Here are two additional sectionettes from my “Notices of the AMS” book review entitled “Economic and Common Sense” on Steven Landsburg’s book “More Sex is Safe Sex – the unconventional wisdom of economics”.  Both sectionettes deal with Government intervention in economics. The first is about fertilizer subsidies in Malawi. This was a move made by Malawi’s government against the advice of the world bank and against standard market economic teachings. Judging from the outcomes of the last couple of years it was a successful move. The second is an anecdote about administrative measures the US government took against inflation in the early 1970s, as told by Bob Aumann. I do not know if these measures were successful.

Current events, the financial crisis and the attempted bailout make the topics of these little sectionettes of some relevance. (And so is the issue of “what do firms want” and the larger issue of “economics and common sense”.) I do not think that the dramatic and sad current financial crisis by itself is definite evidence to support more liberal forms of market economy (which I tend to favour) rather than more conservative versions. (Or the other way around.) In other words, I tend to think that a crisis of this nature can occur (and perhaps cannot even be avoided) under both economic systems. The issue of governmental intervention is also far from being clear.  The case for subsidies for fertilizers in a hunger-stricken country seems much clearer than (humongous) subsidies for financial institutions; both in terms of effectiveness and in terms of basic values of fairness and human dignity.   Continue reading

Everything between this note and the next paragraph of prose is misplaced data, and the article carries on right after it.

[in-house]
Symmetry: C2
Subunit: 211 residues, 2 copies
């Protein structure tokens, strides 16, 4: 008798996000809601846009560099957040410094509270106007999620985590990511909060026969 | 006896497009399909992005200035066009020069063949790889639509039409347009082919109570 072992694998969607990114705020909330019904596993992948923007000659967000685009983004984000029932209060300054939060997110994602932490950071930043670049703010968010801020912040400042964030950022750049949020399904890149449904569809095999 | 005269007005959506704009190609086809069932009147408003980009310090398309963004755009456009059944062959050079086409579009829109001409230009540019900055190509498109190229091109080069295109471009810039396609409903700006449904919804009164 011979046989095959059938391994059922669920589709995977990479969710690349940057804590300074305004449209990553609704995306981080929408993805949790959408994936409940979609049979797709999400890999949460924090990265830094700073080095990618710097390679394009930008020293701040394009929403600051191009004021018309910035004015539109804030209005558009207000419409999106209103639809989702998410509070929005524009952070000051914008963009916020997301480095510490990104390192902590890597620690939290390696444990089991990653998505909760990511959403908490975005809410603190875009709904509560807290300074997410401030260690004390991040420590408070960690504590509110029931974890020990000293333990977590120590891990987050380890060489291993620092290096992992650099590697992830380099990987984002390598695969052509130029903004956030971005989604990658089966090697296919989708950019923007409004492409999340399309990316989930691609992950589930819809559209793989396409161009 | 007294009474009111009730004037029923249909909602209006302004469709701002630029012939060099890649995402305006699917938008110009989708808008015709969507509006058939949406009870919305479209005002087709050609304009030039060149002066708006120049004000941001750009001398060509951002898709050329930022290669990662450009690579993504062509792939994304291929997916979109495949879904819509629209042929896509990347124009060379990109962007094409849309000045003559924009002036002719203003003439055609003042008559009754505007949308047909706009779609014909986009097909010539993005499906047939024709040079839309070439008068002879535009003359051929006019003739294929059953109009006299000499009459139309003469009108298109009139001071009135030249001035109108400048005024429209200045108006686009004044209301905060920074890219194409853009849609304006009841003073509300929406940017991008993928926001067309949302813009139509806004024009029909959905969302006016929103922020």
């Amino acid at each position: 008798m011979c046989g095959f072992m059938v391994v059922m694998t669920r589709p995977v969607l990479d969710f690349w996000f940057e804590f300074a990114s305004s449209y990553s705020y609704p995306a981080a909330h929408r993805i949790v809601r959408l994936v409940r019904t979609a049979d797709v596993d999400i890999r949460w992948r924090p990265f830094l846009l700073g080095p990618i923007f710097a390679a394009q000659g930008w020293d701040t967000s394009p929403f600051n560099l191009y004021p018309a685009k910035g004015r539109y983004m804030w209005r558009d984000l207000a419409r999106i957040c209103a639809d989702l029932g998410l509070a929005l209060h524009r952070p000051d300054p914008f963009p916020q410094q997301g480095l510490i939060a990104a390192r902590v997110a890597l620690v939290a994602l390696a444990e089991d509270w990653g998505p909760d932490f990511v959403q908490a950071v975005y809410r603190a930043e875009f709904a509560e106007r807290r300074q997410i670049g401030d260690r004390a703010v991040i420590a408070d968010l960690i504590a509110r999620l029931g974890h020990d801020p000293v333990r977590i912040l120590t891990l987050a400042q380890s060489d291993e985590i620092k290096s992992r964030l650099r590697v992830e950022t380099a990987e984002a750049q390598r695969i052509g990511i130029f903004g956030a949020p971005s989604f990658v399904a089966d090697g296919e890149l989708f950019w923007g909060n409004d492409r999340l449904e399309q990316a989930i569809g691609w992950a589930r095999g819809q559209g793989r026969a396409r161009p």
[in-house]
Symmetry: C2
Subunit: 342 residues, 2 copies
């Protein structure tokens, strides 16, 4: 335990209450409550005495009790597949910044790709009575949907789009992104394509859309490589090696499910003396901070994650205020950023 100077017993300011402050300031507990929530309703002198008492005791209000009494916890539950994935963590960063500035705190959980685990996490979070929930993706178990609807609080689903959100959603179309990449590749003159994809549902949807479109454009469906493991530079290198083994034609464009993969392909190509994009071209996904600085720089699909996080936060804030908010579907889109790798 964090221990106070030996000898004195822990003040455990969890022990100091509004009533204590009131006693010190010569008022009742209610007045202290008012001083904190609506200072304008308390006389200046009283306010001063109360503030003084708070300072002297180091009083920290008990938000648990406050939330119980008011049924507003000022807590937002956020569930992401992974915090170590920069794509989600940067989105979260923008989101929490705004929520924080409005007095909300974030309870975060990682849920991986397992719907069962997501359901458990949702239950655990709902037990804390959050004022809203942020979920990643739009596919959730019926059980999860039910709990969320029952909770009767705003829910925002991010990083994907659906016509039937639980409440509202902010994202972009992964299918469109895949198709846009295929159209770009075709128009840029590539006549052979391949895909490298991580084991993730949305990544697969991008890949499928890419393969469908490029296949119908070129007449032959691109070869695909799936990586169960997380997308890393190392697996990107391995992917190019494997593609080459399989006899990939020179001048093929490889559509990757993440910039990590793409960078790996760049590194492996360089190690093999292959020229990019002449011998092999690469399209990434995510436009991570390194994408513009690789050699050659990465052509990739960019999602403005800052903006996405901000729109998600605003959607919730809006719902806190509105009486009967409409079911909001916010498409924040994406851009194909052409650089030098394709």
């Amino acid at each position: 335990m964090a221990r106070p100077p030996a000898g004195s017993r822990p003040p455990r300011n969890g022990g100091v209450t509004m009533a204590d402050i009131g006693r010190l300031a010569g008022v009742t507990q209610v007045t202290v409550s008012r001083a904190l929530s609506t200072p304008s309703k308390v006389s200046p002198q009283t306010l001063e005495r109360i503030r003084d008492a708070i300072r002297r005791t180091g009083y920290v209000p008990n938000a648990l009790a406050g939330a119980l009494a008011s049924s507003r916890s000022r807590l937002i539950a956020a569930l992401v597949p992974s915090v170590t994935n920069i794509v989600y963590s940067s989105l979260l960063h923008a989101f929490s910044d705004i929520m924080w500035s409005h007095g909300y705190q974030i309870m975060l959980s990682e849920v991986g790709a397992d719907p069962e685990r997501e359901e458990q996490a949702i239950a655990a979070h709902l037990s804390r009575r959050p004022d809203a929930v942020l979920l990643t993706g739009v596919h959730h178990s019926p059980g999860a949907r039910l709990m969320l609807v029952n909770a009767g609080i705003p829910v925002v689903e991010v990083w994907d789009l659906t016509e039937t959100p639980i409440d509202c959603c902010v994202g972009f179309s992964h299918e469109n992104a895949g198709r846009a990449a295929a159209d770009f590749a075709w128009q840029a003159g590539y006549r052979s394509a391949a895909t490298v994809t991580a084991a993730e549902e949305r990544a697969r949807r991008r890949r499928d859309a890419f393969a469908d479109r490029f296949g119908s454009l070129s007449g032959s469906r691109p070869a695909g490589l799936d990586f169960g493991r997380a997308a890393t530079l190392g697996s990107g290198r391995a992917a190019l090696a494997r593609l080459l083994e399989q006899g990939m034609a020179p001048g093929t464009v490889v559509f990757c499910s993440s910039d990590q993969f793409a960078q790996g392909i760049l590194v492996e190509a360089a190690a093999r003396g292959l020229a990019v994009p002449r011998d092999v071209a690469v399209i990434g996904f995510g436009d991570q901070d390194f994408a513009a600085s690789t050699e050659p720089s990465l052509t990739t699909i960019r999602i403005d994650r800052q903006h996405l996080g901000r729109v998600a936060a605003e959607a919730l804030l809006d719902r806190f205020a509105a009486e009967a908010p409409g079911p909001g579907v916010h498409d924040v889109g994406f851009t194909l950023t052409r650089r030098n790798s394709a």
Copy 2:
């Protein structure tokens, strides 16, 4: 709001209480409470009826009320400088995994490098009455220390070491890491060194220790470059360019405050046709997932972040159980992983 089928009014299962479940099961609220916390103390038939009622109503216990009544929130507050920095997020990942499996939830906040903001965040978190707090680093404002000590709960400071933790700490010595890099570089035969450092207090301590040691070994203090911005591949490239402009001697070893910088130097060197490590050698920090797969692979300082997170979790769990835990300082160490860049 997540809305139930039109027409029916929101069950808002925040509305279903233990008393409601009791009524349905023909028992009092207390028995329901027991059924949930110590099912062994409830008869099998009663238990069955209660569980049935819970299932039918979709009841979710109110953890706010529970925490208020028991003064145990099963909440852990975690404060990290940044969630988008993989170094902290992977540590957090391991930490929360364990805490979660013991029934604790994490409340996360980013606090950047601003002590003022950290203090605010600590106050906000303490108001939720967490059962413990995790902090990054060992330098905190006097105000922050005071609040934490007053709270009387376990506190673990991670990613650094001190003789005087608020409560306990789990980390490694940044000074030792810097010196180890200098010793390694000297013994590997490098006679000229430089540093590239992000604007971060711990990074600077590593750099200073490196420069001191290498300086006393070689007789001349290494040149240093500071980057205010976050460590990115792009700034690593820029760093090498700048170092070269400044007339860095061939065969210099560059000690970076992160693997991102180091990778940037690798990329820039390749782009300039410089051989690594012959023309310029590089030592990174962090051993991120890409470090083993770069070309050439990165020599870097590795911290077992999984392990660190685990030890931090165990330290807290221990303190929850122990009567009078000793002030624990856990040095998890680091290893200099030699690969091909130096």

Two Math Riddles

Usually I am not particularly good at telling math riddles or solving them, and I was not planning on presenting math riddles here. But these days, when mathematical blogs break new ground and enter uncharted territories, let me make an exception and tell you two riddles.

1) (Told to me by Sergiu Hart; taken from a MSRI news-teller to the best of my memory.)

You have a 1 meter long (one ant thin) wooden stick and you put on it n ants in arbitrary locations. Each ant is facing one end of the stick. The ants move 1 meter per minute and when two ants meet they both start moving in the opposite directions. If an ant reaches an end of the stick it falls from it.

After how much time you can be sure that no ants will remain on the stick?

2) (Told to me (with the solution) most recently by Sasha Barvinok, who heard the problem on “Car talk“.)

An airplane has 100 seats, and 100 passengers were assigned seats. The first passenger, ‘Joe,’ enters the plane and rather than sitting in his assigned place, he sits in a random place. The next passengers come one by one and every passenger sits in his assigned seat if it is empty, and in a random empty seat if his seat is already taken. What is the probability that the last passenger ‘Jim’ will sit in his assigned seat?

If you want to solve these riddles on your own do not read the rest of this entry. Continue reading

About Mathematics